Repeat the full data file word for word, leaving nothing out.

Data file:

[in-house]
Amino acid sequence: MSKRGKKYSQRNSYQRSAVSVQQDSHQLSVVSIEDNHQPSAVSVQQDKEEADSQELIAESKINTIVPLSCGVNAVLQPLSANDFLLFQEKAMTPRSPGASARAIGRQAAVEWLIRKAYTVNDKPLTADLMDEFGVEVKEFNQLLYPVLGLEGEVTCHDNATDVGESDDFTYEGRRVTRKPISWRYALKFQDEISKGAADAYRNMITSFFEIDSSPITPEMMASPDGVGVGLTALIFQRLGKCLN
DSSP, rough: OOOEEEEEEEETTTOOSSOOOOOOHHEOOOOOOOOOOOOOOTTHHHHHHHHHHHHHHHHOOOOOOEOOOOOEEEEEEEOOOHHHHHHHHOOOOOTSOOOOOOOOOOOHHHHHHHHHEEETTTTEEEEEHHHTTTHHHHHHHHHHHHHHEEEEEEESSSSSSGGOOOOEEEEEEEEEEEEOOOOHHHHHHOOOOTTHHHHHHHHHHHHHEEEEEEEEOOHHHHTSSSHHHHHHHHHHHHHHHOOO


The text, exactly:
[in-house]
Amino acid sequence: MSKRGKKYSQRNSYQRSAVSVQQDSHQLSVVSIEDNHQPSAVSVQQDKEEADSQELIAESKINTIVPLSCGVNAVLQPLSANDFLLFQEKAMTPRSPGASARAIGRQAAVEWLIRKAYTVNDKPLTADLMDEFGVEVKEFNQLLYPVLGLEGEVTCHDNATDVGESDDFTYEGRRVTRKPISWRYALKFQDEISKGAADAYRNMITSFFEIDSSPITPEMMASPDGVGVGLTALIFQRLGKCLN
DSSP, rough: OOOEEEEEEEETTTOOSSOOOOOOHHEOOOOOOOOOOOOOOTTHHHHHHHHHHHHHHHHOOOOOOEOOOOOEEEEEEEOOOHHHHHHHHOOOOOTSOOOOOOOOOOOHHHHHHHHHEEETTTTEEEEEHHHTTTHHHHHHHHHHHHHHEEEEEEESSSSSSGGOOOOEEEEEEEEEEEEOOOOHHHHHHOOOOTTHHHHHHHHHHHHHEEEEEEEEOOHHHHTSSSHHHHHHHHHHHHHHHOOO